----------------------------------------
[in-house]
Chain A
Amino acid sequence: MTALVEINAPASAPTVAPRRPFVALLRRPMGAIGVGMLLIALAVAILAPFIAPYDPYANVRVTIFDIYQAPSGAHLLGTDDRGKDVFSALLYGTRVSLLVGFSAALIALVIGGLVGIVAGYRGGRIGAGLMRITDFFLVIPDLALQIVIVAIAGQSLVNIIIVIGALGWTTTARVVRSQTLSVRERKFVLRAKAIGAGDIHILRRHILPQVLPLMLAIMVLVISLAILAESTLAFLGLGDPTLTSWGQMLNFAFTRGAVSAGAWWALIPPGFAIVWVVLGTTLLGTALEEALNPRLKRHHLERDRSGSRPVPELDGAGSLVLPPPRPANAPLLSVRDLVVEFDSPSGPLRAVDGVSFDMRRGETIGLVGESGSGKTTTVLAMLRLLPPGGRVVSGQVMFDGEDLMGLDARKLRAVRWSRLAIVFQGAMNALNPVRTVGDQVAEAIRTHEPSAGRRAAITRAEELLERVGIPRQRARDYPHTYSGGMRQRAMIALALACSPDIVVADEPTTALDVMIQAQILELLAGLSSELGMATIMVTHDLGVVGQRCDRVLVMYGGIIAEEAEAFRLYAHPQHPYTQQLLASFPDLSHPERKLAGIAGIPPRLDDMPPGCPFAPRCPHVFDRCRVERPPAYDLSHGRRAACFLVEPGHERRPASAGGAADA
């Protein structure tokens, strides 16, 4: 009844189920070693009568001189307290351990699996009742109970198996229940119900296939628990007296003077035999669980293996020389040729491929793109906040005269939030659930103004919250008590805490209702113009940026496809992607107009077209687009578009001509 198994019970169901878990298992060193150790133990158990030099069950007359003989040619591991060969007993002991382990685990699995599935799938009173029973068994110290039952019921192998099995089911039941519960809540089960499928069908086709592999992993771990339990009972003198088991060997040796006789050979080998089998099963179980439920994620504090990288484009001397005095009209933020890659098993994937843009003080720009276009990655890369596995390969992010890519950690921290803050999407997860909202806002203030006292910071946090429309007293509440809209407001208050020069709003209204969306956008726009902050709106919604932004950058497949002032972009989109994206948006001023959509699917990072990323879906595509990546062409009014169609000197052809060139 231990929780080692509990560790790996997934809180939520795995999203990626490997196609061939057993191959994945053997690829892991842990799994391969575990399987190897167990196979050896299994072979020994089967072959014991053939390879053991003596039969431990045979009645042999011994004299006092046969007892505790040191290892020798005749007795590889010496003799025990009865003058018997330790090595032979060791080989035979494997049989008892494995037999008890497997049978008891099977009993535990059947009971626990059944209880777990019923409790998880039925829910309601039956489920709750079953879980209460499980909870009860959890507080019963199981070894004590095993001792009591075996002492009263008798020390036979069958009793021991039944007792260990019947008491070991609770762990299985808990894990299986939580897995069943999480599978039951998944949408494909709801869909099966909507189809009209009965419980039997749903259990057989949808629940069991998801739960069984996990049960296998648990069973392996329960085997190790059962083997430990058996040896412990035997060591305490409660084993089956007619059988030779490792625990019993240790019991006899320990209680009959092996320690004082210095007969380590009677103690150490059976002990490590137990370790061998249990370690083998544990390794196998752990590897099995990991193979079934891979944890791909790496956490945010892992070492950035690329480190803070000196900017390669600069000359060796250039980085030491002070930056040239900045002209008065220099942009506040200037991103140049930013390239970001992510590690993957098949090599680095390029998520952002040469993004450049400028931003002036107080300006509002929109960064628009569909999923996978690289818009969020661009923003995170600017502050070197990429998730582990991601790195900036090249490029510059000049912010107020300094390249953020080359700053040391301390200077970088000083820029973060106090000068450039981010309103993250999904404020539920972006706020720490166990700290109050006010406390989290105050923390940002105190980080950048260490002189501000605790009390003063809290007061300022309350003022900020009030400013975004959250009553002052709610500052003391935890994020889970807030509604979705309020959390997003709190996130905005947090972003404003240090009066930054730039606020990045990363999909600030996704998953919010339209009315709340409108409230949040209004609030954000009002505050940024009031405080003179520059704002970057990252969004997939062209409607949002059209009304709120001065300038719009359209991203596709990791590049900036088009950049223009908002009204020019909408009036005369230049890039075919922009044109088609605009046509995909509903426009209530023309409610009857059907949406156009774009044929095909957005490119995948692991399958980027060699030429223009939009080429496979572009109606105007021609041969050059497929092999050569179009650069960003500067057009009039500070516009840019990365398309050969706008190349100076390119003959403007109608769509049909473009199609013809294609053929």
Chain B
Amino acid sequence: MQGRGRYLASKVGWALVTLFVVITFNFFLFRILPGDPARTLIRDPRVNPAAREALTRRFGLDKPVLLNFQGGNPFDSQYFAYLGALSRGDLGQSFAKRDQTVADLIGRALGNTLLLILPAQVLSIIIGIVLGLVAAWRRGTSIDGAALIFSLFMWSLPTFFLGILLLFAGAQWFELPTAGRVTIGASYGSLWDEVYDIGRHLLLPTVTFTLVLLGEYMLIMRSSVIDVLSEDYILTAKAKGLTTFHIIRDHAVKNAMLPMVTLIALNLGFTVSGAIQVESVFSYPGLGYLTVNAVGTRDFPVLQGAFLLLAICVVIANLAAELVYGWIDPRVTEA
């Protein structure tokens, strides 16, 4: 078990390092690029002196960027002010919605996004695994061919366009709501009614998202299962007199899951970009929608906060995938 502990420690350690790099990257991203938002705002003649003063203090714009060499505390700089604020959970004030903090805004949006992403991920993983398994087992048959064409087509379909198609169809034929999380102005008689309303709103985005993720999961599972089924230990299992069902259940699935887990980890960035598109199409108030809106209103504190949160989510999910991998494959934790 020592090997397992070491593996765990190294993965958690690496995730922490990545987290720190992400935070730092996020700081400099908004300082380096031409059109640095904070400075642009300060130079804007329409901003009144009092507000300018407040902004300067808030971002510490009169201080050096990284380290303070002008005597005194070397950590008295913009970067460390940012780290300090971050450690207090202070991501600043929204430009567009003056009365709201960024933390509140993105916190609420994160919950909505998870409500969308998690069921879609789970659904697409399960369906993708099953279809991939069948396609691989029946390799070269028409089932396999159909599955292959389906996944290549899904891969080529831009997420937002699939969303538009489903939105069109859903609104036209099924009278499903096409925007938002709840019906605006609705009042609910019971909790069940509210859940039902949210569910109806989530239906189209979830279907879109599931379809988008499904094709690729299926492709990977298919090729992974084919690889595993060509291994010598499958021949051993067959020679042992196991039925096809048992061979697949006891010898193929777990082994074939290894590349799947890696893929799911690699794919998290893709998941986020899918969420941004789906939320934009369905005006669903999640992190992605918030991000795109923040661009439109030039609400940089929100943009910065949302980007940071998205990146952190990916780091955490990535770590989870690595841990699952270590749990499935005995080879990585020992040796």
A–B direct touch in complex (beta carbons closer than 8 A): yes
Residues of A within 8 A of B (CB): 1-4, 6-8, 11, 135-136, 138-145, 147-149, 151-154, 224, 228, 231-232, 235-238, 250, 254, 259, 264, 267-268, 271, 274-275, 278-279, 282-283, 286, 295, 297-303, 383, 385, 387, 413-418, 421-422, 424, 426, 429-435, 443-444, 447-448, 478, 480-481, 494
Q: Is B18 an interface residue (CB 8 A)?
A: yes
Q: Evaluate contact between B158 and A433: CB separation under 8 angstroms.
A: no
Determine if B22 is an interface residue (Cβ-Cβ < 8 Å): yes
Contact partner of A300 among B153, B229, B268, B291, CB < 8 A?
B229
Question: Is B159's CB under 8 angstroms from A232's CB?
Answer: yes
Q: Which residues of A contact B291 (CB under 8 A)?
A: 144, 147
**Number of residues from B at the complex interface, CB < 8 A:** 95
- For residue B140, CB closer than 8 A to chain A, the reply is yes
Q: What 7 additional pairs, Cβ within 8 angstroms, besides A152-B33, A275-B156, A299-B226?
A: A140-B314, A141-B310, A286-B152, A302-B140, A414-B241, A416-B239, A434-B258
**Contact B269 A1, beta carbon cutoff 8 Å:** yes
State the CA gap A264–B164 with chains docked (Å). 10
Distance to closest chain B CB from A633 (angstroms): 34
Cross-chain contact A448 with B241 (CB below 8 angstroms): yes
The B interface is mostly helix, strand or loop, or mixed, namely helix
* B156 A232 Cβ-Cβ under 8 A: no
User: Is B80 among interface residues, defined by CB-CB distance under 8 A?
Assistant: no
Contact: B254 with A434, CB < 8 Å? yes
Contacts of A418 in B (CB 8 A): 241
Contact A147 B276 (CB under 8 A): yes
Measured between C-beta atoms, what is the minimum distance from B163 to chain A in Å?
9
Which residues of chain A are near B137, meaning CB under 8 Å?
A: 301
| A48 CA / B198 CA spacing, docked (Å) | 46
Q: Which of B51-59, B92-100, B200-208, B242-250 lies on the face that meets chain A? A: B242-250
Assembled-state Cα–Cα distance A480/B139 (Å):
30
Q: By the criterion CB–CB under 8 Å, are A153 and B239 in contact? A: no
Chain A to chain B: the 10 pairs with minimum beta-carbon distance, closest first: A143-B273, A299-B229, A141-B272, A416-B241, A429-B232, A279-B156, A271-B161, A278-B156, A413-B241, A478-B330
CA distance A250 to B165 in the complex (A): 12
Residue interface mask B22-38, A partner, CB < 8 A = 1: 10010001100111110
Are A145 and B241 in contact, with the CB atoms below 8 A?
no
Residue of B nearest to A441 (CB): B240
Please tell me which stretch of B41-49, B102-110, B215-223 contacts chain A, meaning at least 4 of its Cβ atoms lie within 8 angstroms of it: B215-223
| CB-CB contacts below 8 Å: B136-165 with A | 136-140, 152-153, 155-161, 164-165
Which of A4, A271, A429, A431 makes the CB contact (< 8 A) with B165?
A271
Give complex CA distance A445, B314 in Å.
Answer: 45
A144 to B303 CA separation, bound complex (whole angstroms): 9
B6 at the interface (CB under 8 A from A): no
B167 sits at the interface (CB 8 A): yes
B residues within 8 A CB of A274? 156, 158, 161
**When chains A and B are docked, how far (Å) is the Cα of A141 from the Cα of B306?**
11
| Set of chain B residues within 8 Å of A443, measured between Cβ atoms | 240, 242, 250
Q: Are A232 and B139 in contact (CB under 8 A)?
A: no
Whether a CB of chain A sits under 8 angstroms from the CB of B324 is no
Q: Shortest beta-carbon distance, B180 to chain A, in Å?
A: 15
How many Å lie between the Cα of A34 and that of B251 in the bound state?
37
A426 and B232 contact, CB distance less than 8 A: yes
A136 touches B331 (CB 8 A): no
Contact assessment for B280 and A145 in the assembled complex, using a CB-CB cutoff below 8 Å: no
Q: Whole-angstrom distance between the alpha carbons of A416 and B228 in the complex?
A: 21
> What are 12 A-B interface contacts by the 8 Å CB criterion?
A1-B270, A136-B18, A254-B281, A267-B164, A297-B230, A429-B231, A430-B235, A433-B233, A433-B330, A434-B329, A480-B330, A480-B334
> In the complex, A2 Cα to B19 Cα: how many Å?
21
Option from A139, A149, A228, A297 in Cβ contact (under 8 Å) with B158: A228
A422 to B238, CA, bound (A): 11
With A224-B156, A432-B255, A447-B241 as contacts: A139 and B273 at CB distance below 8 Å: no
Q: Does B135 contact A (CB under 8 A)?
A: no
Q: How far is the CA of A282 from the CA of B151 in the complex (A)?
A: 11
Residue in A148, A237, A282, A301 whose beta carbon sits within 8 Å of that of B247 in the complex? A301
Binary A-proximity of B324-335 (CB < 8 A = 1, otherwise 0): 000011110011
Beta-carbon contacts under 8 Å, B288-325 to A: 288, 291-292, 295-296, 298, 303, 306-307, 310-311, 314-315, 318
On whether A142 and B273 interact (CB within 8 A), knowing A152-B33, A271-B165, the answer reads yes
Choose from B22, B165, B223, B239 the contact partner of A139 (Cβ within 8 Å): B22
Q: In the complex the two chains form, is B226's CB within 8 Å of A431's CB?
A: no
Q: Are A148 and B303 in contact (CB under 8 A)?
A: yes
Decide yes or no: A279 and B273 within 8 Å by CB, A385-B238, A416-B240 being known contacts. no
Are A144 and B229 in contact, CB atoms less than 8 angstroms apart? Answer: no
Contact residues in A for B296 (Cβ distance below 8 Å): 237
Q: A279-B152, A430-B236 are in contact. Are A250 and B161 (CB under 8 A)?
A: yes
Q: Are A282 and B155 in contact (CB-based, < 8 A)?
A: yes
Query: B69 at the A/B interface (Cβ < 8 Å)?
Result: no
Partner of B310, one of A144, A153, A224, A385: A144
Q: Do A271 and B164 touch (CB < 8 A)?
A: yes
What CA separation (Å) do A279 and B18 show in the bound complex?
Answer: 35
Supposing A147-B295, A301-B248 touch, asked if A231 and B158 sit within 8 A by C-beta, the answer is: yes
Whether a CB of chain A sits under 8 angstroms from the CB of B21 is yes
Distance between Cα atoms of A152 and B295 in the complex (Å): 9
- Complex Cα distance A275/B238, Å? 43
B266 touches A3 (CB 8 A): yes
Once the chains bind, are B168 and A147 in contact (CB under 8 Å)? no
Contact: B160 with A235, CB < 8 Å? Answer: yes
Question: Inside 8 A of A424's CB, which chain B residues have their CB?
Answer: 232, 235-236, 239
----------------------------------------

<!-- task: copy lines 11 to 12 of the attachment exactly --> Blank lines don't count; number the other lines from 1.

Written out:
A: yes
Q: Evaluate contact between B158 and A433: CB separation under 8 angstroms.